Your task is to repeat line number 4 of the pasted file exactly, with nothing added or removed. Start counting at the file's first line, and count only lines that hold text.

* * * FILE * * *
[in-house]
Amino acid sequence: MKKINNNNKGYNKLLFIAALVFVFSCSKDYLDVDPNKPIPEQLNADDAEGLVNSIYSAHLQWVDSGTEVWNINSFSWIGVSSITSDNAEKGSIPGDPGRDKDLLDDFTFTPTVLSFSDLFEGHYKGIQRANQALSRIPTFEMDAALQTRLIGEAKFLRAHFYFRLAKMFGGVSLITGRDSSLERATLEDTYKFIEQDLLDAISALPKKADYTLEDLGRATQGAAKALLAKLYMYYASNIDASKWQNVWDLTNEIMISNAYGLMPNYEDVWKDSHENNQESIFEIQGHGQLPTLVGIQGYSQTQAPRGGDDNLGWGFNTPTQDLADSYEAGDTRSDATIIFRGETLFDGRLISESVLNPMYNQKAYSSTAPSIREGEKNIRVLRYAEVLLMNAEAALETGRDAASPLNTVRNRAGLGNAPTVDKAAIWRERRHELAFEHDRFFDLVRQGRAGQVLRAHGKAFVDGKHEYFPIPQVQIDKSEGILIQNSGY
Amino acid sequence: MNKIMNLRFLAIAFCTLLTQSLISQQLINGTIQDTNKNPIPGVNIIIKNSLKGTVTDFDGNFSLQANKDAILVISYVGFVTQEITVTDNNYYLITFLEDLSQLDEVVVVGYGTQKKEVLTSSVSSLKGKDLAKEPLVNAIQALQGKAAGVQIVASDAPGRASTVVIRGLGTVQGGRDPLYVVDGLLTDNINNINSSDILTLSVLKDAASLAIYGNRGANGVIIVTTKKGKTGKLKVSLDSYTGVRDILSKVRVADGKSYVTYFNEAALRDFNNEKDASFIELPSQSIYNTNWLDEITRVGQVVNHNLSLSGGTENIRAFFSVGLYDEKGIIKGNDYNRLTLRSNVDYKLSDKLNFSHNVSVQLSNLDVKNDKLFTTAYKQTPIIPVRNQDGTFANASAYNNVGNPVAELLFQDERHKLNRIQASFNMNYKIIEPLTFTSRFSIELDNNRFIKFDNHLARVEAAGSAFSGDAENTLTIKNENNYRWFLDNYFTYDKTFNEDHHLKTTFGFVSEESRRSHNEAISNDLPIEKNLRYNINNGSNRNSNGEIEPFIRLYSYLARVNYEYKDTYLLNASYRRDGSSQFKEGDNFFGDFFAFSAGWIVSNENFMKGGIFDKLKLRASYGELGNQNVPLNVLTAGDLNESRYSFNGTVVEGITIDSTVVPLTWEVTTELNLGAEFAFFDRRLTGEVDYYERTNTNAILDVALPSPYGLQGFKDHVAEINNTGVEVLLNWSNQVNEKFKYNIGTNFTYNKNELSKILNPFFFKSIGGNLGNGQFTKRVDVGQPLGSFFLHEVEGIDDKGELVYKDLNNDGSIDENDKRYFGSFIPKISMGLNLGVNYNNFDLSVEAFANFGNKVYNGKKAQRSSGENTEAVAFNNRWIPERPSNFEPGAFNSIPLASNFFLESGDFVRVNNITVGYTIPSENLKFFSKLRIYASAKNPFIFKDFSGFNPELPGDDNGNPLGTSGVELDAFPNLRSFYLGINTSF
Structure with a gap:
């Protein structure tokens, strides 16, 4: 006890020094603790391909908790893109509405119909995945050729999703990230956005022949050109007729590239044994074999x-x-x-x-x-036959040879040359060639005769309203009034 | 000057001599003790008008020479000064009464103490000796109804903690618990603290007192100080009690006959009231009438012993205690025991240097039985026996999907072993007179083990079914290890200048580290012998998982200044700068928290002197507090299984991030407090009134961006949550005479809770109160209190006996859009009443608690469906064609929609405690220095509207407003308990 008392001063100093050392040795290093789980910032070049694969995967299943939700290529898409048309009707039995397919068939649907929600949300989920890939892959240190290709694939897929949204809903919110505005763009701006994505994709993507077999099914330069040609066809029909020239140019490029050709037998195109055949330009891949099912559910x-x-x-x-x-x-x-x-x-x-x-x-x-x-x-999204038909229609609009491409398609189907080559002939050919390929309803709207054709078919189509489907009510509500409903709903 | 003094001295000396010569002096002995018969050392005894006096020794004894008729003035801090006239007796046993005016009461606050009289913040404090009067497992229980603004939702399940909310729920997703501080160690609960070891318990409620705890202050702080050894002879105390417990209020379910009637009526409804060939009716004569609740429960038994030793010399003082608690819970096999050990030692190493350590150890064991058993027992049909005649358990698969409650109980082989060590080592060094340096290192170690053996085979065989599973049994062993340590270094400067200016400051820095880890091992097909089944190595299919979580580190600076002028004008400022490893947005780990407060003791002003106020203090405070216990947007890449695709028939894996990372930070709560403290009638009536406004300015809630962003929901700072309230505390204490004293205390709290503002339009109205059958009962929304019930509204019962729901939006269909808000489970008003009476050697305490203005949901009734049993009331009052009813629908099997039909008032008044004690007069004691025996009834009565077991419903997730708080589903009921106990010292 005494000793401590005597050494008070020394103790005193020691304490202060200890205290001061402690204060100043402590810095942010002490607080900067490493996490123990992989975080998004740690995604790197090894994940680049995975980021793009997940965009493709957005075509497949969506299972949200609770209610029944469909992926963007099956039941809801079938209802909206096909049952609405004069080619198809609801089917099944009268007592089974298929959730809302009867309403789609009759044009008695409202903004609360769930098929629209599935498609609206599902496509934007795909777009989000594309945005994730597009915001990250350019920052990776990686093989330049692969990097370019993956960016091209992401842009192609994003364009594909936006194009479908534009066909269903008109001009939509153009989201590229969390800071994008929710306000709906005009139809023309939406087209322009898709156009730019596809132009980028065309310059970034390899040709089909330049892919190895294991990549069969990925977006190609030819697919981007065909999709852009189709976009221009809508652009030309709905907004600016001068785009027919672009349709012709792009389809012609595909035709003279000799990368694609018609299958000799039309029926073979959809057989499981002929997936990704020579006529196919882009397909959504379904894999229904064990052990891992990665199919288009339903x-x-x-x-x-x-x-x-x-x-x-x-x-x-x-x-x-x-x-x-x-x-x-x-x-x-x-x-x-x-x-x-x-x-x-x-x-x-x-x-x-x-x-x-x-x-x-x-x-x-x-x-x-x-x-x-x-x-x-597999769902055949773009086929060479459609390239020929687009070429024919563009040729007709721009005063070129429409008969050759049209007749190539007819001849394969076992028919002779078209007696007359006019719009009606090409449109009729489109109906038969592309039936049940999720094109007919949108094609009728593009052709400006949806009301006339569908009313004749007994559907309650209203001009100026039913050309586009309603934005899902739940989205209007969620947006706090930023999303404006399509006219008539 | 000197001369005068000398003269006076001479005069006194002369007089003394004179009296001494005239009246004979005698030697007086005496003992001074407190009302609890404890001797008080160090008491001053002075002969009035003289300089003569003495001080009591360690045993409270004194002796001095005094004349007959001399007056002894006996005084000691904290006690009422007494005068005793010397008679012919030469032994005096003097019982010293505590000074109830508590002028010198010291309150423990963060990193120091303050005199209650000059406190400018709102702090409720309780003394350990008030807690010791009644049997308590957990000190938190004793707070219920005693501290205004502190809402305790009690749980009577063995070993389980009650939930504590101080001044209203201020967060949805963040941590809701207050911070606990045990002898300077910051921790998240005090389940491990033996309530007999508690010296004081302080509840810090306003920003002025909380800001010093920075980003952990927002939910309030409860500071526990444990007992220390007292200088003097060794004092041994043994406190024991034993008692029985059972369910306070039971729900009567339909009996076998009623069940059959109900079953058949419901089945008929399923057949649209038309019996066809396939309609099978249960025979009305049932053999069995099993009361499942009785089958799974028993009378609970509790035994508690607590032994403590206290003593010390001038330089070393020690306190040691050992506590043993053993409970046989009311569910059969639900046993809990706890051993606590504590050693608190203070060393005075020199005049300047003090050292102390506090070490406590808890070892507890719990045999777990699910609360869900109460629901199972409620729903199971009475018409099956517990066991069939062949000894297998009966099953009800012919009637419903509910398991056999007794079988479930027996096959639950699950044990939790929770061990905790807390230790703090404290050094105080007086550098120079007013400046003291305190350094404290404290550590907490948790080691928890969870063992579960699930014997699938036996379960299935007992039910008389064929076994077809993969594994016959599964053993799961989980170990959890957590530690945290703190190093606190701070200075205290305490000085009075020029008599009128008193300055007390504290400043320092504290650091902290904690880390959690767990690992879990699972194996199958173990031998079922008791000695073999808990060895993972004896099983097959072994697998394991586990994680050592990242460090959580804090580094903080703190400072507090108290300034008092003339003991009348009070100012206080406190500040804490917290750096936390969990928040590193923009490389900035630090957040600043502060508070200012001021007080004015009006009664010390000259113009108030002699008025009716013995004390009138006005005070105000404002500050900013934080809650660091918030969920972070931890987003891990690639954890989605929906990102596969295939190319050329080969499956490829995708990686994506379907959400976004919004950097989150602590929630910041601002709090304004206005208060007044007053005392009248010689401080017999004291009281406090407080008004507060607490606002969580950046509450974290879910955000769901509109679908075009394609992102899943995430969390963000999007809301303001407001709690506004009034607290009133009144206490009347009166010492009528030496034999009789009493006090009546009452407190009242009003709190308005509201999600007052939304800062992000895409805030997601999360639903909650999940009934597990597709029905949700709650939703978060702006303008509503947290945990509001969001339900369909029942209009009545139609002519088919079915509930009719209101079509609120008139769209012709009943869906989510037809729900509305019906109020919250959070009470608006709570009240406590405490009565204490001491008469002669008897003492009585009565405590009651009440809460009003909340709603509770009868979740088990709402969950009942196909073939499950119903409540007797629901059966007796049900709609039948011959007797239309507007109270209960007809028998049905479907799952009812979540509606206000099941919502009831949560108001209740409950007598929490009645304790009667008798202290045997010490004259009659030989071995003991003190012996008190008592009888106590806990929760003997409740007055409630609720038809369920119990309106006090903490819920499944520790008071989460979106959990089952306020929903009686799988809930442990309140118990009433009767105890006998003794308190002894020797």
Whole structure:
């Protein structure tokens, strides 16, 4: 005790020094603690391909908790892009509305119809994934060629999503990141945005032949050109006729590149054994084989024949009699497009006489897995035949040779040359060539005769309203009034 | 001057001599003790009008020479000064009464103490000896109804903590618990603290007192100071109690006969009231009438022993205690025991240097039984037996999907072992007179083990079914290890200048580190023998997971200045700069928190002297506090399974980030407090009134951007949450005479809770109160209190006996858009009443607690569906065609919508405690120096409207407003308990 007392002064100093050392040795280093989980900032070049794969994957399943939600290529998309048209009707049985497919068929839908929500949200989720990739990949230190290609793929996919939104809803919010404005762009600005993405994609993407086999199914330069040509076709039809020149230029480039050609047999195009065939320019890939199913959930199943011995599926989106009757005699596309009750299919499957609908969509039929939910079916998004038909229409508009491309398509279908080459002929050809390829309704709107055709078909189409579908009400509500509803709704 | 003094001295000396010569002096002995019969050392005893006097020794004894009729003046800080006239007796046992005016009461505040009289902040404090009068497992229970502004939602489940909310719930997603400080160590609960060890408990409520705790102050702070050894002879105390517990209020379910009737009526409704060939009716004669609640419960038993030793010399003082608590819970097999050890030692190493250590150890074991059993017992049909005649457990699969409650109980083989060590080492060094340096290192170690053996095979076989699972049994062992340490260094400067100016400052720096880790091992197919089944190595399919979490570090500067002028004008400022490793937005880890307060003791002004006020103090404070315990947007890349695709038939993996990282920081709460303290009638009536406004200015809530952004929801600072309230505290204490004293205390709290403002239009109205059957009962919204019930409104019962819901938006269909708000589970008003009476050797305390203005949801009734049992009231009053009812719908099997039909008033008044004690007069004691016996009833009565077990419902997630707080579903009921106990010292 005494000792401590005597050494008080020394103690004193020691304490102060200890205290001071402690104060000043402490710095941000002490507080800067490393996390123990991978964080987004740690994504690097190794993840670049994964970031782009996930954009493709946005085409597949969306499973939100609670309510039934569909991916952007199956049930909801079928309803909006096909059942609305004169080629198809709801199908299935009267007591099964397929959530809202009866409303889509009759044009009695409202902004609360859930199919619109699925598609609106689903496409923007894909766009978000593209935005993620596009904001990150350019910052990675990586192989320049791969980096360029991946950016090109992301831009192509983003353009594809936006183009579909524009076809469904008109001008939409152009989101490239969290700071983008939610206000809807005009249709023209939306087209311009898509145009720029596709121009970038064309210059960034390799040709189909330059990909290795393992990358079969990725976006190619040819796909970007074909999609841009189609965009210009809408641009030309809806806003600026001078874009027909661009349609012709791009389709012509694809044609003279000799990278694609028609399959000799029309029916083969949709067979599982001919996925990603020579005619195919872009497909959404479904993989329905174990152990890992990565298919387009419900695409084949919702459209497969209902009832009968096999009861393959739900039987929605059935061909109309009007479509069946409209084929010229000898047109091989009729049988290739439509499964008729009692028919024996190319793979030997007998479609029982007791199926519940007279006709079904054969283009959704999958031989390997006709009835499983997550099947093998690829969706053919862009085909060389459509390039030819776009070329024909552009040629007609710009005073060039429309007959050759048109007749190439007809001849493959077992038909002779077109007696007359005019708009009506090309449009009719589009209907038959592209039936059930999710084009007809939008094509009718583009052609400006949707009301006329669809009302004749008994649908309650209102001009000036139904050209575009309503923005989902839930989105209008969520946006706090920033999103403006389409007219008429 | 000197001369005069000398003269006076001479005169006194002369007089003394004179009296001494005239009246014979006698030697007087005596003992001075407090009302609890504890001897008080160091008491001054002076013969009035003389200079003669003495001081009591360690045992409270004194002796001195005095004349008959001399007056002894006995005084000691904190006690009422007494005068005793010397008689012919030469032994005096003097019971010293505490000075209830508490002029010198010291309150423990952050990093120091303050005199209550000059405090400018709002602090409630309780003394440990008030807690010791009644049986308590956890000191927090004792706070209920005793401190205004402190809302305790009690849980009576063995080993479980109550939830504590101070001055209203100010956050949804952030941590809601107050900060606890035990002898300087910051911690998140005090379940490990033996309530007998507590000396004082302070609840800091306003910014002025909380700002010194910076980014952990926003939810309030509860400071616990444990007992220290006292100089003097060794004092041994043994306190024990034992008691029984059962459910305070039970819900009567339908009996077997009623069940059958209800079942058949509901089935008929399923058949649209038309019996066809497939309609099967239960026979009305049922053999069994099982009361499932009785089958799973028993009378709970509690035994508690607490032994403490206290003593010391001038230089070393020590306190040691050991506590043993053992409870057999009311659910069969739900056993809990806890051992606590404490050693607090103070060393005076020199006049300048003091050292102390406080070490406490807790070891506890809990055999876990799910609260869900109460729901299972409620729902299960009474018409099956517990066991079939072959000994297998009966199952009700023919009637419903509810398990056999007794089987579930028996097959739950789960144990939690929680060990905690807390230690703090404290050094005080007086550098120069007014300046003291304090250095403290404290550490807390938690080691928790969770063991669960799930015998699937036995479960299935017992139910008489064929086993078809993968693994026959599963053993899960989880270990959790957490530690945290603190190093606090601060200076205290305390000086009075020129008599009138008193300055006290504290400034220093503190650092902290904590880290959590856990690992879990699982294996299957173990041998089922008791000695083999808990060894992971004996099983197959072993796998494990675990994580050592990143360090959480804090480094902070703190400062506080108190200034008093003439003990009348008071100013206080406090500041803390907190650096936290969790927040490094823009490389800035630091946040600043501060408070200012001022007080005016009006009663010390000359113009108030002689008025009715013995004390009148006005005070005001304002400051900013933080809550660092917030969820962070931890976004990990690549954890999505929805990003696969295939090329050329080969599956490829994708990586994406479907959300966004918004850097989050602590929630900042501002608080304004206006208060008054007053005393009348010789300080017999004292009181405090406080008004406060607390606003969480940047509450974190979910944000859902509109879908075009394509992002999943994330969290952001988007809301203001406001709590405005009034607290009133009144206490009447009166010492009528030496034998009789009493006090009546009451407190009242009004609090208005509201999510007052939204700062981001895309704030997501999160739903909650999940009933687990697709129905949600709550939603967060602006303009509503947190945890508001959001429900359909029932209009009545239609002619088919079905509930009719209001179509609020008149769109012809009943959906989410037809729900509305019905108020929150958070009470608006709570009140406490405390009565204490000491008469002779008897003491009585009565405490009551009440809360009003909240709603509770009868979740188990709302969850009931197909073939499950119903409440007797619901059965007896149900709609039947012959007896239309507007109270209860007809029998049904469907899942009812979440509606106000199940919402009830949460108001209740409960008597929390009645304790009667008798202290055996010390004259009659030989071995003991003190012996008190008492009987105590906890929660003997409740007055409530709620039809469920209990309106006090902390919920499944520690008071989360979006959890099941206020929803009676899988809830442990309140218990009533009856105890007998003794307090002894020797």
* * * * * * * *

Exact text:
Structure with a gap: